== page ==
Ever since Darwin published Origins, Nietzsche declared the death of God and Hitchens argued that religion poisons everything, atheists have struggled with atheism. Some deny the supernatural but are “spiritual;” some deny the historical credibility of the scripture, Torah or Quran but value their principles; some don’t believe in anything that cannot be explained by science yet maintain that humans possess an intangible essence or that there is an afterlife. I’ve even met folks who call themselves “atheists who believe in God.”
It’s easy to understanding said beliefs as inconsistent or incompatible; how can someone both believe and not believe in God? Be scientific and religious? This attitude ignores a truth that doesn’t get said enough: atheism is diverse.
The repetitive and attention grabbing debates between fundamentalists and non-believers are one reason this is forgotten. It’s easy to assume that only two opinions exist when searching “atheism” on YouTube or Google returns talks and articles from only William Lane Craig or Christopher Hitchens.
But most atheists know that the worldview of the fundamentalist and staunch non-believer inaccurately portrays religious belief as black and white. These more mainstream atheists know that there is a fairly large middle ground where religion and atheism can exist simultaneously to promote human flourishing. Religious people can believe in natural selection and be pro-choice even though many texts suggest otherwise while atheists have no problem being moral and giving to charity even though they never went to Sunday school.
When it comes to scientific claims, Hitchens and Dawkins are right: the world wasn’t created in a few days; natural selection is an observable phenomenon; God probably doesn’t exist; one can be moral without religion. But when it comes to how we ought to behave and what we ought to value the great religious texts got a few things correct. The problem is that hardcore atheists don’t let the mainstream cherry pick the good parts of religion without criticizing them for being inconsistent or intellectually lazy. We have to allow atheism to incorporate those religious practices and principles that we know contribute to human flourishing.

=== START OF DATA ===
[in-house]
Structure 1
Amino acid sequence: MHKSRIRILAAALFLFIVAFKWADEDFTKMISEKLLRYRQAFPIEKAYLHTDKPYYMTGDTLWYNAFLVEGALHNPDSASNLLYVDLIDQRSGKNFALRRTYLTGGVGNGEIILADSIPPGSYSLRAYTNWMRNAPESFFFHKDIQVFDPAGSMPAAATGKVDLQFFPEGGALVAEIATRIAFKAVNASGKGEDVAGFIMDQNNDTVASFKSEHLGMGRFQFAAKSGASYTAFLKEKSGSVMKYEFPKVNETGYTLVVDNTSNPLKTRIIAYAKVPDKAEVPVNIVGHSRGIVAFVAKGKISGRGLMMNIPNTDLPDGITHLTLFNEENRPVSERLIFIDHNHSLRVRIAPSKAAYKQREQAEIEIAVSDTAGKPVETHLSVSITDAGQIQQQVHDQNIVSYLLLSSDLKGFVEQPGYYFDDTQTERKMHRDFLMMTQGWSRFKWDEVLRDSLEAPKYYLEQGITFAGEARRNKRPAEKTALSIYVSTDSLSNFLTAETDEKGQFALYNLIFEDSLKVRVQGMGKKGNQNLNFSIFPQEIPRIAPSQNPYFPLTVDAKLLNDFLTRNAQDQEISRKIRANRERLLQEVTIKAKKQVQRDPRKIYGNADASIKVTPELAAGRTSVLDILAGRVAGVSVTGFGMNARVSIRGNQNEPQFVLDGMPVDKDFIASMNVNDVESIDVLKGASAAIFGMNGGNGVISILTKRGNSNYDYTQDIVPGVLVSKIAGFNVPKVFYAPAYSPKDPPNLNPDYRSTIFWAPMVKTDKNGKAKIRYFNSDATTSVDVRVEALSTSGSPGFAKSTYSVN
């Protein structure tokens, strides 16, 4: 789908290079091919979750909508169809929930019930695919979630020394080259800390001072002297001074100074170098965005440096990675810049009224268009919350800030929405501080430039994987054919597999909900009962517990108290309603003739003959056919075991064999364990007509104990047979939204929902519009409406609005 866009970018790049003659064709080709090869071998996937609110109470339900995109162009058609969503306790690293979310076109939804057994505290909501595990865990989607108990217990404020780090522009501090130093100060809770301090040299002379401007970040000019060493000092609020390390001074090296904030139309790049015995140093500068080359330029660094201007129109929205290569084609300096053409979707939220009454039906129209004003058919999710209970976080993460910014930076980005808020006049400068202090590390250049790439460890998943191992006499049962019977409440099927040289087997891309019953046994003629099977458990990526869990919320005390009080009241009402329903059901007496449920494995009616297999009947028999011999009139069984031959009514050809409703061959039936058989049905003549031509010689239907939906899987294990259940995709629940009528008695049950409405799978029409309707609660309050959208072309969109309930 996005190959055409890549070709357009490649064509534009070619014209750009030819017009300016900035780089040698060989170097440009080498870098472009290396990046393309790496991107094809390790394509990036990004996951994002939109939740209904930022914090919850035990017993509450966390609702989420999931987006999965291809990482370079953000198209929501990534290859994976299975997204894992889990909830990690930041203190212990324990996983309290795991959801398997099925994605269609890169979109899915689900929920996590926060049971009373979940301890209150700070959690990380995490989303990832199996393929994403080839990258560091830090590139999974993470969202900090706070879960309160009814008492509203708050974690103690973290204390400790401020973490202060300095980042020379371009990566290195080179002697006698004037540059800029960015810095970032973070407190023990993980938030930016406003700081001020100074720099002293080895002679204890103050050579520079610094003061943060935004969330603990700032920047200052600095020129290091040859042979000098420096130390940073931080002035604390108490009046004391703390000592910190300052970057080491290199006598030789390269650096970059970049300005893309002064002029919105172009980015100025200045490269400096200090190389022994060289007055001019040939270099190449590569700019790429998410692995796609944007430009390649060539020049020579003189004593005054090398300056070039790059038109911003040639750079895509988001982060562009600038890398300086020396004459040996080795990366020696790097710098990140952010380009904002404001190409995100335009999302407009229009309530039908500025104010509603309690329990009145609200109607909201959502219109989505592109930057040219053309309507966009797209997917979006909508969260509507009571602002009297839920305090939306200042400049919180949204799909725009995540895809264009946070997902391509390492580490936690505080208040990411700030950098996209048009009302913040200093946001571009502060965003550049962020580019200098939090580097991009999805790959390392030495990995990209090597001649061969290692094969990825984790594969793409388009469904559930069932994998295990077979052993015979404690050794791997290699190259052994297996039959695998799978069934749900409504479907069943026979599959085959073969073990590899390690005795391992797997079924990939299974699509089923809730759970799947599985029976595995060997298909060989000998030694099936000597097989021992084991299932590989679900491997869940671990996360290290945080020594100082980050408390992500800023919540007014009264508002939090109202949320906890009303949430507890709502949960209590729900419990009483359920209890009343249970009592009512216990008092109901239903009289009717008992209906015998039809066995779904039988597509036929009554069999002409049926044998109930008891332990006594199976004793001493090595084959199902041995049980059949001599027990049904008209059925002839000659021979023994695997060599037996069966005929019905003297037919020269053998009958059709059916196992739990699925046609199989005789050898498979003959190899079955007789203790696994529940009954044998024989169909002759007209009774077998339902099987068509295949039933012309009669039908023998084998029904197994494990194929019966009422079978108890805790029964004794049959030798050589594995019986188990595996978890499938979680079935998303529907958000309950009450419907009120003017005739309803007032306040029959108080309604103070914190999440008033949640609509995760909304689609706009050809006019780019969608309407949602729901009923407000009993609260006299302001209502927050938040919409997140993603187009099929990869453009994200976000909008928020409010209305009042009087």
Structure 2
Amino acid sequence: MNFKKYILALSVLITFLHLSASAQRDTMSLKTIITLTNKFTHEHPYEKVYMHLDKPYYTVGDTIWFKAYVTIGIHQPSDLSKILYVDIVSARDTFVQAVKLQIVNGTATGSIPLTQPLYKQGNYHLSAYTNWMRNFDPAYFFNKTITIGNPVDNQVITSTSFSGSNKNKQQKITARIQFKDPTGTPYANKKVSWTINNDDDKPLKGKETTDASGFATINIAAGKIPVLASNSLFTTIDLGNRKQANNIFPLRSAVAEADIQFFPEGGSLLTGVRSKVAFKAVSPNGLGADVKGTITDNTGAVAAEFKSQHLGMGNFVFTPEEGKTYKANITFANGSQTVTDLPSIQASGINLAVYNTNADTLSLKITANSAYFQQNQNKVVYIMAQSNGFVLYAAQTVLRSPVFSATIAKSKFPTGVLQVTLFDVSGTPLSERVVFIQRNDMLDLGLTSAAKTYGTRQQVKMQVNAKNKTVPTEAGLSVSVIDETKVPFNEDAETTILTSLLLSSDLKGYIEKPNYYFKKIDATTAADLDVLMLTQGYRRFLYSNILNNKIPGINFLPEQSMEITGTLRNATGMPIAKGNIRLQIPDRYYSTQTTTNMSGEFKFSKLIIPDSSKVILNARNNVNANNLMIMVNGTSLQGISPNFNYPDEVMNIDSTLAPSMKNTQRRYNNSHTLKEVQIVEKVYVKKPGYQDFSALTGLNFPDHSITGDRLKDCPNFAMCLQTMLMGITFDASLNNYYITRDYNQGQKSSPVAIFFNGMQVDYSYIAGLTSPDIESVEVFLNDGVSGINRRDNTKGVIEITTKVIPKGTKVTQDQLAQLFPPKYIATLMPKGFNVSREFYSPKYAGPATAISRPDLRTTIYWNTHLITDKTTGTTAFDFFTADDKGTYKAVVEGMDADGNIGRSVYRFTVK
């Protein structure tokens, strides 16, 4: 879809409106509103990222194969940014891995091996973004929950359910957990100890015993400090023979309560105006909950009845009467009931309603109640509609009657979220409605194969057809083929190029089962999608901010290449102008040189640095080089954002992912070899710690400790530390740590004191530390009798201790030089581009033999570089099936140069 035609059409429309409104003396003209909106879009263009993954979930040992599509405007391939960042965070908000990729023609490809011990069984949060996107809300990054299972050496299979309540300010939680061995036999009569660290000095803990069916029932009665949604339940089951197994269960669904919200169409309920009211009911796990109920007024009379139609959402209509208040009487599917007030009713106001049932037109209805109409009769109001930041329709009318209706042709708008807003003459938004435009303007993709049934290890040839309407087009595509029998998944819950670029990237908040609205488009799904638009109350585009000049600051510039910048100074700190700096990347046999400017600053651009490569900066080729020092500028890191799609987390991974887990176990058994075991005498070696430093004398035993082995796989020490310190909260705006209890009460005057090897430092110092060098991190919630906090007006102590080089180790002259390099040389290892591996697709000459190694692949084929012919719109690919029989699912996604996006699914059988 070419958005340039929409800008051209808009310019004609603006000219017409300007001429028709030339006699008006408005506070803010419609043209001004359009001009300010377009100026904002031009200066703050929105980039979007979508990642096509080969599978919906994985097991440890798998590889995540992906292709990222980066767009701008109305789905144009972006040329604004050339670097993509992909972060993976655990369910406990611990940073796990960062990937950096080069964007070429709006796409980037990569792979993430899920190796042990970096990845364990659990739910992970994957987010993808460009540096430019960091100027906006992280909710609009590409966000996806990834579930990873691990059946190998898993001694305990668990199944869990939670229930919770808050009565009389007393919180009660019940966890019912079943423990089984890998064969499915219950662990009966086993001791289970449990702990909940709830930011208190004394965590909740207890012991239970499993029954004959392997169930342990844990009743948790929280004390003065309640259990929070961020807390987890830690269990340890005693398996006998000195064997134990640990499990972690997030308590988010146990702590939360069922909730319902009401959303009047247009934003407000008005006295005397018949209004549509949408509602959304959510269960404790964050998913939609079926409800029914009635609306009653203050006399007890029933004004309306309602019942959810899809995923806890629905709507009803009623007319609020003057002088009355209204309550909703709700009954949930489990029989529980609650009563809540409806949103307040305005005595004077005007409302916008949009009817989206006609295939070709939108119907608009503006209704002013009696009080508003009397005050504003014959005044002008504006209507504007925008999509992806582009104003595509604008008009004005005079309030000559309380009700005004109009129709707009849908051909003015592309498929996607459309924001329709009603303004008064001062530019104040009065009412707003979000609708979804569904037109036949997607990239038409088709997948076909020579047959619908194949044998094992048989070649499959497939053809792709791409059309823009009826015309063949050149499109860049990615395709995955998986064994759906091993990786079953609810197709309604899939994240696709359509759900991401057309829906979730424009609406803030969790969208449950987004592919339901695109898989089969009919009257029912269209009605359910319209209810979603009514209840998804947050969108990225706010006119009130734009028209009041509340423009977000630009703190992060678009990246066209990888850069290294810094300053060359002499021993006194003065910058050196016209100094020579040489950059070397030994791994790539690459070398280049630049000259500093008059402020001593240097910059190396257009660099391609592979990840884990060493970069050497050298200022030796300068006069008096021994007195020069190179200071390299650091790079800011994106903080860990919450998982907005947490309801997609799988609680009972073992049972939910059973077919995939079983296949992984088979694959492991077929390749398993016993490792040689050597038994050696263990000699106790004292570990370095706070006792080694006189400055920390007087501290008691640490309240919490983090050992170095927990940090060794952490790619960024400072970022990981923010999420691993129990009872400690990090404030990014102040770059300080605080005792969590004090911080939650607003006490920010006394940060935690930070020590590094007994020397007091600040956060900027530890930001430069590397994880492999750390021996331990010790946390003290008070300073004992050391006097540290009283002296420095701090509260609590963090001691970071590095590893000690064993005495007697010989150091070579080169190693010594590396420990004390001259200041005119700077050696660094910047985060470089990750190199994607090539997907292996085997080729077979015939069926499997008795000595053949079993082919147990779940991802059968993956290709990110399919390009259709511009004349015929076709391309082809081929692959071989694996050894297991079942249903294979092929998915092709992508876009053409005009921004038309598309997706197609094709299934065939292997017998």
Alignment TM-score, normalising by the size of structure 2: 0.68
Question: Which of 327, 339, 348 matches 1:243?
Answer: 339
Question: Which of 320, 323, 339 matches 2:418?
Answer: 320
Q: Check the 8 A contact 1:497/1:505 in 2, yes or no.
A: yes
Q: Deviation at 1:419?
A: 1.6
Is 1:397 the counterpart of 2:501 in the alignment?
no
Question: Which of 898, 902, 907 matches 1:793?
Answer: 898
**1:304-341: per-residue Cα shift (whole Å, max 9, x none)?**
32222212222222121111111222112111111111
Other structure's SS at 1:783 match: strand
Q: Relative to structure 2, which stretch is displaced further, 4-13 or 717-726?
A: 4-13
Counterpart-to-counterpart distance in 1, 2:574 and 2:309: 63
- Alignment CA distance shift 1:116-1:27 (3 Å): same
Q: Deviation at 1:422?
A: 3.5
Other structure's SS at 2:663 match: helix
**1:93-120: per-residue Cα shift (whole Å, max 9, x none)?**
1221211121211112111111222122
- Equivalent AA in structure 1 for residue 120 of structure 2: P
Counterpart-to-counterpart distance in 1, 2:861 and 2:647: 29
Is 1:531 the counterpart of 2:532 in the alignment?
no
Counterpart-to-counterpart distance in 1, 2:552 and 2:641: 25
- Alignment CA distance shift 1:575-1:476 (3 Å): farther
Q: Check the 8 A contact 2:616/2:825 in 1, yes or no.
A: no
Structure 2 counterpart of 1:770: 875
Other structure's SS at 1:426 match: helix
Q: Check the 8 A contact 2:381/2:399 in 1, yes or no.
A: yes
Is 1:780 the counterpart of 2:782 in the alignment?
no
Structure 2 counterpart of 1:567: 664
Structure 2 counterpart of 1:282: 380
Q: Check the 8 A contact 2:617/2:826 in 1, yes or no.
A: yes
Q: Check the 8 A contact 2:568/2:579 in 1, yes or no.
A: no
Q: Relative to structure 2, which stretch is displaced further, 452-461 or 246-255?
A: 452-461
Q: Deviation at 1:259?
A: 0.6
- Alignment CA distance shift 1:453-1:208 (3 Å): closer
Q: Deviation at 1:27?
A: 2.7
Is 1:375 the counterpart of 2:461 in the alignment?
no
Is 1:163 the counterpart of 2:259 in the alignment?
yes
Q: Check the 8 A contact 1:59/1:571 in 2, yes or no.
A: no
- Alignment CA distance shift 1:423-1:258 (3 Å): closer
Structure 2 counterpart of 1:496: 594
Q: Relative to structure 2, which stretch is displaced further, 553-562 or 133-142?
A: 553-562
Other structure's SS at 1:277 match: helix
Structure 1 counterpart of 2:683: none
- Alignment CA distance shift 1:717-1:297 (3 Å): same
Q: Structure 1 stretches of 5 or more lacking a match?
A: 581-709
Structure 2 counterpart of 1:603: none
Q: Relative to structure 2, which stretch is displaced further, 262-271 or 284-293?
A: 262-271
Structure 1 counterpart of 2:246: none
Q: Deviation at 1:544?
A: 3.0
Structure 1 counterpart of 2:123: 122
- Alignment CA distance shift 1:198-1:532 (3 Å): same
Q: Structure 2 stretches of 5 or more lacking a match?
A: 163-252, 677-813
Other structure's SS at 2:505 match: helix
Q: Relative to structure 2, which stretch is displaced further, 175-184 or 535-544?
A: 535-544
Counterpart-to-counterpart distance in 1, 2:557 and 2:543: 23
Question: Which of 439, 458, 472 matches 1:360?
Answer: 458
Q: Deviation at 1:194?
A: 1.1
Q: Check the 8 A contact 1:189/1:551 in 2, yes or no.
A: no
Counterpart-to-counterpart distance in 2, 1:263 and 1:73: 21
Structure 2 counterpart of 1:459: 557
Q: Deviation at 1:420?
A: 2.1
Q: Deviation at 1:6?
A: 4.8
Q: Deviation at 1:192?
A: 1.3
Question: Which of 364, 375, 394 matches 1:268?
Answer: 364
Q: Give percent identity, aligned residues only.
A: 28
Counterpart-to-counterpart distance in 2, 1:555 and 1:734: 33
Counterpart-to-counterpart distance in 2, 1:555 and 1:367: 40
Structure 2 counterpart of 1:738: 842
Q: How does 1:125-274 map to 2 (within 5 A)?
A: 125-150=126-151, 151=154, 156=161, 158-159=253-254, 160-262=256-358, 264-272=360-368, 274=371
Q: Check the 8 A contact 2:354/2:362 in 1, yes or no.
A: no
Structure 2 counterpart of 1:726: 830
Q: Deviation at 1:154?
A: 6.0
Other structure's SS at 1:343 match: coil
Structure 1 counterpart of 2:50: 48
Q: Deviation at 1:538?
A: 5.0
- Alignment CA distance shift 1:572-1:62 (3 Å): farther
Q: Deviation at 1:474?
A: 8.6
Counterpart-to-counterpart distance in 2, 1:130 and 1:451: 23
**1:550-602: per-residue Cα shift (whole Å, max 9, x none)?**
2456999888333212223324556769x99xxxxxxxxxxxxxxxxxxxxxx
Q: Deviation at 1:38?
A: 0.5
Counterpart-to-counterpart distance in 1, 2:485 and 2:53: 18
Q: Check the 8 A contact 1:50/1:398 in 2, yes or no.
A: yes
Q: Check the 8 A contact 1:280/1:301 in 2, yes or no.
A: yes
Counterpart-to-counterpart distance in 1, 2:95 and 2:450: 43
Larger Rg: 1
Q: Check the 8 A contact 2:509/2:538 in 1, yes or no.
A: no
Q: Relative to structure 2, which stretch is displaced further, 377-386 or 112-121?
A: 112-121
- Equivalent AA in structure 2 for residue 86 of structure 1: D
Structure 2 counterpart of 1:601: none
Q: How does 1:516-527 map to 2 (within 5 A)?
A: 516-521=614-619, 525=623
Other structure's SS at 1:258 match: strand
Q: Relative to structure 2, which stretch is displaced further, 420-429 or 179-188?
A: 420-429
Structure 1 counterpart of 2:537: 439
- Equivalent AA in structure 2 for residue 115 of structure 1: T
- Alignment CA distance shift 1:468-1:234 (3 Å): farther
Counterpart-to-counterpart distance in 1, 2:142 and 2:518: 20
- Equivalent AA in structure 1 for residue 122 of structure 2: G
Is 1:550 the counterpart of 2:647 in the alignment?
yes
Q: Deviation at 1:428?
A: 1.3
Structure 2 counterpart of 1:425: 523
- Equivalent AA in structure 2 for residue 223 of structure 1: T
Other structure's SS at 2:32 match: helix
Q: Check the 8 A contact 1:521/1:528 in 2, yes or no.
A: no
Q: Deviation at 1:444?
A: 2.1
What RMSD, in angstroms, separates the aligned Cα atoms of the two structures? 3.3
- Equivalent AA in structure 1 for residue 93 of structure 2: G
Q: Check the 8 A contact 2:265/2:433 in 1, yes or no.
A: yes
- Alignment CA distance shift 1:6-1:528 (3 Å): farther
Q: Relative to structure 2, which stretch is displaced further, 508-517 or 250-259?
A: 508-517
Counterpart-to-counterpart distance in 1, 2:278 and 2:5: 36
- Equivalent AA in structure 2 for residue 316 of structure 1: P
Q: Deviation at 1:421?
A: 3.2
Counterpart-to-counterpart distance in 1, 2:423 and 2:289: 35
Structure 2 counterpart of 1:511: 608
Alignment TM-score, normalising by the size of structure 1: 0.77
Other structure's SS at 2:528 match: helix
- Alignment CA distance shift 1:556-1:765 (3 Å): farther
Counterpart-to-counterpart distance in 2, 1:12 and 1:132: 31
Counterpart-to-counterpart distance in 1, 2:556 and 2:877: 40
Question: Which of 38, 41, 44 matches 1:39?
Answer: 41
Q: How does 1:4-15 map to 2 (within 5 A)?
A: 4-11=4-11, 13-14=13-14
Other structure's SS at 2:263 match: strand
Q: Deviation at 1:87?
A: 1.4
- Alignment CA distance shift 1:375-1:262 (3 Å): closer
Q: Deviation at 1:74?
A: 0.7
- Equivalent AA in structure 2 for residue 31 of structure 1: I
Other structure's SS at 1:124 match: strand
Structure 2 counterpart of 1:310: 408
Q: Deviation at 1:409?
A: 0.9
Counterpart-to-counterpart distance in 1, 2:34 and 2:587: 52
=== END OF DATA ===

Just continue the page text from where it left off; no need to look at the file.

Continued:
My conviction is not only a reminder that atheism is more diverse than some make it out to be, but also that atheism can be improved if it considers the right religious themes.
In a recent TED lecture Alain de Botton assumes a similar position. He explains:
I am interested in a kind of constituency that thinks something along these lines… I can’t believe in any of this stuff. I can’t believe in the doctrines… but – and this is a very important but – I love Christmas carols! I really like the art of Mantegna, I really like looking at old churches and I really like learning the pages of the Old Testament. Whatever it may be you know the kind of thing I am talking about: people who are attracted to the ritualistic side, the moralistic communal side of religion but can’t bear the doctrine. Until now these people have faced an unpleasant choice: either accept the doctrine and have all the nice stuff or reject the doctrine and live in a spiritual wasteland… I don’t think we have to make that choice… there’s nothing wrong with picking and mixing, with taking out the best sides of religion. To me atheism 2.0 is about a respectful and impious way going through religions and saying what could we use. The secular world is full of holes… a thorough study of religion can give us all sorts of insights into areas of life that are not going too well.
The good news is, I think, most people agree. The problem is that they don’t get the coverage.
At the risk of stating the obvious, let’s remember that knowing how to live the best possible life requires both humanistic ideals as well as ideals from many of the great religions. As Jonathan Haidt concludes his enjoyable book The Happiness Hypothesis, “by drawing on wisdom that is balanced – ancient and new, Eastern and Western, even liberal and conservative – we can choose directions in life that will lead to satisfaction, happiness, and a sense of meaning.”